You can start to think in a language early on -- within limited parameters. When you engage in simple questions and answers, you will find yourself doing it without reference to English after not very long. Free-ranging thought is another matter. And even when you get to that point, you will see how long a way it is to functioning at the level of a native speaker -- That's part of what de Bhaldraithe was talking about. But of course, it's possible. So many people from (or even in) non-English speaking countries spend so much time speaking English, it becomes their "language of habitual use." Some -- including some people from Gaeltacht areas -- will even tell you they have forgotten the language they were raised with. But it comes back if you press them.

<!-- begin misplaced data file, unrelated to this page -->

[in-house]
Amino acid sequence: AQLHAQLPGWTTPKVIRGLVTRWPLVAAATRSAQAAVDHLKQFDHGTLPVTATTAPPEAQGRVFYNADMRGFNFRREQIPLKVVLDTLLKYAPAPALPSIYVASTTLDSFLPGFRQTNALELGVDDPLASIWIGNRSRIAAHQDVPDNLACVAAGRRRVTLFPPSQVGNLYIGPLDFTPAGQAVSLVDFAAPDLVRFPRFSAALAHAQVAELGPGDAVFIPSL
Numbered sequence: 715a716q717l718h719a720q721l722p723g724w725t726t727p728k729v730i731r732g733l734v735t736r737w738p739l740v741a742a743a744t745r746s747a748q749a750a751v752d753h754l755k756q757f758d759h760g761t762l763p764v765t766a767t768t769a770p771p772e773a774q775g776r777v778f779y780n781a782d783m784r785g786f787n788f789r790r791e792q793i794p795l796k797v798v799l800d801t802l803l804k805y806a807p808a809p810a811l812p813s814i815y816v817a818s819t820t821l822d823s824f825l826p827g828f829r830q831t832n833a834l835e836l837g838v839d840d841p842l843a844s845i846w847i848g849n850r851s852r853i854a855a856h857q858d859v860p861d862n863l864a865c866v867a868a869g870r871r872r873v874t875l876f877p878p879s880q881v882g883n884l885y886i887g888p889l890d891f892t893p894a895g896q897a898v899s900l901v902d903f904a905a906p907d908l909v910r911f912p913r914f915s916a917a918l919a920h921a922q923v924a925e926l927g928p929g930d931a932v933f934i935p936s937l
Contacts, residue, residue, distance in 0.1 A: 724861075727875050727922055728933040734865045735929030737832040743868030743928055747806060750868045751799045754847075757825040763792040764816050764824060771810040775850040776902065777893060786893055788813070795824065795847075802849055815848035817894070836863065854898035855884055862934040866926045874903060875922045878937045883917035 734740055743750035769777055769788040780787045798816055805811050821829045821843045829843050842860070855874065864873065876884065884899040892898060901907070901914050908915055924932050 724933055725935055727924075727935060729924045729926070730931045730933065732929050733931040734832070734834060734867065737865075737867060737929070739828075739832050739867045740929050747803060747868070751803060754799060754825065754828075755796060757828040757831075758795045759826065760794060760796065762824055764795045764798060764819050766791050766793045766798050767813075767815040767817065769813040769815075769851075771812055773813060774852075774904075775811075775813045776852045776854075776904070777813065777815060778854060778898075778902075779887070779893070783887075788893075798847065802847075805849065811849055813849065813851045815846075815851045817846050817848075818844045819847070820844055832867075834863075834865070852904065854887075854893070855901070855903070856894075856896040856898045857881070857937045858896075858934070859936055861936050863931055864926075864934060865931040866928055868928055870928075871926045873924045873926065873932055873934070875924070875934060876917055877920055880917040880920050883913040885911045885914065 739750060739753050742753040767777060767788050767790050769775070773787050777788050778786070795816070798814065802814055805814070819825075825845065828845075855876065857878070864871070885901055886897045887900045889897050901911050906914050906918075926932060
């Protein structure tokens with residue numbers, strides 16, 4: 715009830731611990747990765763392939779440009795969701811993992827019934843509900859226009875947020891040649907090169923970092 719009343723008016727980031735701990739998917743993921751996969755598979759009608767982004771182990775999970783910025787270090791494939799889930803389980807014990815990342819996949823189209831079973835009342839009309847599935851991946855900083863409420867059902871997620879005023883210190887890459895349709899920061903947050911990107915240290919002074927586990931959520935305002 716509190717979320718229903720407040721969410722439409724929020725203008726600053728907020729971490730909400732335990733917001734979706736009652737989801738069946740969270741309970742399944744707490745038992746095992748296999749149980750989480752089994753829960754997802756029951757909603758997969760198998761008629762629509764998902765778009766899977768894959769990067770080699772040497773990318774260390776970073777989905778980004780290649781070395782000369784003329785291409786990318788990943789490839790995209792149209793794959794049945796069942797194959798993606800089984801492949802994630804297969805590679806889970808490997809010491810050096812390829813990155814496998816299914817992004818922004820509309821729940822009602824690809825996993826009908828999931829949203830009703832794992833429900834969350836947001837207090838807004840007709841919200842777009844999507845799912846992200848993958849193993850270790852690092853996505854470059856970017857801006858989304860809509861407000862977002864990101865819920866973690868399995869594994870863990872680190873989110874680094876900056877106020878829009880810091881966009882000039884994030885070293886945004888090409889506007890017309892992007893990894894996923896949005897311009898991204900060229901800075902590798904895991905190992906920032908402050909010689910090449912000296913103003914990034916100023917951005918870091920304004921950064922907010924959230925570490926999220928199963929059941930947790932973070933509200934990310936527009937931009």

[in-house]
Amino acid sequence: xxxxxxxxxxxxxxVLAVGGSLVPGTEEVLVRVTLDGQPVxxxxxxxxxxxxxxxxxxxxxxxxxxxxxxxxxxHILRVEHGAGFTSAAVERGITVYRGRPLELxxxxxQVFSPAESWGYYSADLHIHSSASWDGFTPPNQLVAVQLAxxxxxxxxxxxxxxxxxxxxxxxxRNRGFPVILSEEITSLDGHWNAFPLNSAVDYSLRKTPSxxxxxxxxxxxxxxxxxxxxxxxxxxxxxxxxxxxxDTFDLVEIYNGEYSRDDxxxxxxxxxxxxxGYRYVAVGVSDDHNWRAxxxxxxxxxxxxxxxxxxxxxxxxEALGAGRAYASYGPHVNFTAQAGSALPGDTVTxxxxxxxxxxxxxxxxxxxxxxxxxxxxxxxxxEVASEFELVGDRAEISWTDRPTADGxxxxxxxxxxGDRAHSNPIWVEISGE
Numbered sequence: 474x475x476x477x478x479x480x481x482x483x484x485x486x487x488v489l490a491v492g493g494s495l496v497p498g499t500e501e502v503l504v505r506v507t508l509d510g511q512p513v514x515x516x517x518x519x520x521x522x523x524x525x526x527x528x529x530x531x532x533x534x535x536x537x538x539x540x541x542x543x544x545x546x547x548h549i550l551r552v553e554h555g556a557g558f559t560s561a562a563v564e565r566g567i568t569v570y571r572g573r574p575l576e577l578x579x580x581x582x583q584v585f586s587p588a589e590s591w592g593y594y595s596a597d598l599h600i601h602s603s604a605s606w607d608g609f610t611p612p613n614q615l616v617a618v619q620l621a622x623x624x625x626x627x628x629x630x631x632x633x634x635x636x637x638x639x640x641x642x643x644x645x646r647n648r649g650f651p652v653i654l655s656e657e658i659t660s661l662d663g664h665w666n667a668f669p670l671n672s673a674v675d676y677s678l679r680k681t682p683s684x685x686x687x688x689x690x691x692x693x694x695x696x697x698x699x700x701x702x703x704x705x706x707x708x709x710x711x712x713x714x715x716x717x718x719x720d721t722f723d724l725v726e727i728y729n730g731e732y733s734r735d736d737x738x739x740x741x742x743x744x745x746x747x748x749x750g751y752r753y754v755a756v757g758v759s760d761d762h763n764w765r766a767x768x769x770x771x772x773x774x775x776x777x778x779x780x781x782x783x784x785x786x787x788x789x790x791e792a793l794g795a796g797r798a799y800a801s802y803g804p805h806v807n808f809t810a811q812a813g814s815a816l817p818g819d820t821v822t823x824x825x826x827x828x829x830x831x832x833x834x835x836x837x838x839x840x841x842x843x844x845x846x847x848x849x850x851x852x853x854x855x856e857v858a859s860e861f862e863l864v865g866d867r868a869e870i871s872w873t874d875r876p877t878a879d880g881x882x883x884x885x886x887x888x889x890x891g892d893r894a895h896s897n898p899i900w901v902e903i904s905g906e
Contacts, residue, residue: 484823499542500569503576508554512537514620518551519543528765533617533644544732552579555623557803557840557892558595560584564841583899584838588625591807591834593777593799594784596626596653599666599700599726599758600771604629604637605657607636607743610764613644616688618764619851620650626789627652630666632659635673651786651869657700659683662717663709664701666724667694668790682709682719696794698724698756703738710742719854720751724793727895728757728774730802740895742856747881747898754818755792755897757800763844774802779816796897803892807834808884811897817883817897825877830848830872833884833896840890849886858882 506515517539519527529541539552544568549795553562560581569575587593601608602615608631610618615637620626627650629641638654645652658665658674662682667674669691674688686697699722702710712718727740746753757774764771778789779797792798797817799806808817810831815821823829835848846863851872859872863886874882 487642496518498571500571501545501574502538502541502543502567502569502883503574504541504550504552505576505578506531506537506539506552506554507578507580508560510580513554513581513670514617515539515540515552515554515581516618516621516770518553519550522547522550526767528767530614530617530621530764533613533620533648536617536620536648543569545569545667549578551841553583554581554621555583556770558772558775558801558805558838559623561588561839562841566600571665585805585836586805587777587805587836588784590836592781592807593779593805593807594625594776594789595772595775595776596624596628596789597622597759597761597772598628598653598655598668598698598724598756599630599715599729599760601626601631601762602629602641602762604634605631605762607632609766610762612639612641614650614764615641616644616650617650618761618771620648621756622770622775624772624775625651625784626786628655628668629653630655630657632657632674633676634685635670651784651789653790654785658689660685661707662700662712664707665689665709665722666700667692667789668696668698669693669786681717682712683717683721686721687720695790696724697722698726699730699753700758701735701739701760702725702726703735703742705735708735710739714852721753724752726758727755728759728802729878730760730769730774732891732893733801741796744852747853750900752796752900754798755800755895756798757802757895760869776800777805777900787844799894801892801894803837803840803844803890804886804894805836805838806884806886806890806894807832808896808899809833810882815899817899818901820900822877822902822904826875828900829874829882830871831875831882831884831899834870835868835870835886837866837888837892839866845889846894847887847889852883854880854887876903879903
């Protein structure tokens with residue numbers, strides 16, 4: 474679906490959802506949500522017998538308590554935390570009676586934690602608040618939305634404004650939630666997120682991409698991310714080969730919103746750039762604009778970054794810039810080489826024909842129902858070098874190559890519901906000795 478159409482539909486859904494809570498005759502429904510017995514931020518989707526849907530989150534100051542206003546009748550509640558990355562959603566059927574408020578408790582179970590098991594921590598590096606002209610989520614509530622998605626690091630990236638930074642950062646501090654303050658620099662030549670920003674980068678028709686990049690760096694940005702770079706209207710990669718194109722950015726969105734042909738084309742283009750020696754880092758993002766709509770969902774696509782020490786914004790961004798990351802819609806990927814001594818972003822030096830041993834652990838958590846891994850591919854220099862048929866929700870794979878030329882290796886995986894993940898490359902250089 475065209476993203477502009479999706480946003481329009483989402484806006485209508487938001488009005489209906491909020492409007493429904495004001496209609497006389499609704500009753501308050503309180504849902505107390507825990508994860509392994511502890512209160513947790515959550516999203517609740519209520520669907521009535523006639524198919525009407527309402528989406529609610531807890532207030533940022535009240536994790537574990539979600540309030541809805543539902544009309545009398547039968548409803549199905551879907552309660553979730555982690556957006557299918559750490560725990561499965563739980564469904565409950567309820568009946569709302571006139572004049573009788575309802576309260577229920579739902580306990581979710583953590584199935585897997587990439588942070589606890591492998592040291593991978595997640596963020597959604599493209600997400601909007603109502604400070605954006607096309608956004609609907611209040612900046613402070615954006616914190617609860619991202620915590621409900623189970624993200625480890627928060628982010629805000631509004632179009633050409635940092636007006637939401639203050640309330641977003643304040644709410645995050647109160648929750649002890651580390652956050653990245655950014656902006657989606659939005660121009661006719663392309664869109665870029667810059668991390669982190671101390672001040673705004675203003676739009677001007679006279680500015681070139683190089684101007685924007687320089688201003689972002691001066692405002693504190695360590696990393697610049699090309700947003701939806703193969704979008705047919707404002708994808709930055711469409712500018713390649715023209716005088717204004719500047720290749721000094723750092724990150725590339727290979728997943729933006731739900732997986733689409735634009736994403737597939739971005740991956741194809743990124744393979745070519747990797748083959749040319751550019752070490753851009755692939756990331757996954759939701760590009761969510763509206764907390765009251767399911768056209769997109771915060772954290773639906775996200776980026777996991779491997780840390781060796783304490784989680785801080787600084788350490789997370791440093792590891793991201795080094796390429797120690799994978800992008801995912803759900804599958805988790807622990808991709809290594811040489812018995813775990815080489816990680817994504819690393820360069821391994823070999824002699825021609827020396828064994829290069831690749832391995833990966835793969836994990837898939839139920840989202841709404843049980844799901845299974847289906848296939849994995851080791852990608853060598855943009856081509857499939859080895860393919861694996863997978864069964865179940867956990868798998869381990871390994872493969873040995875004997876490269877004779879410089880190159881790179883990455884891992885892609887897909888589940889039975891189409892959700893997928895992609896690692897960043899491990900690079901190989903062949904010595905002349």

I ran into a friend in my this week who has been learning Irish for a long time. We were leaving the subway station in our neighborhood in New York. There is a troubled woman who hangs out there who always asks every passerby if they "have seventy-five" cents. When she asked us, my friend automatically said to her "níl" and resumed the conversation without missing a beat. He didn't even realize he said it in Irish.

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Aonghus (159.134.58.31 - 159.134.58.31)
Posted on Friday, March 21, 2003 - 05:19 pm:   Edit Post Print Post

Even if you learnt it at your mother knee, as I did, there is plenty more to learn!

I am seriously impressed by those people who are far from Ireland and manage to acheive scholarship in Irish, and I am well aware of the debt we owe to them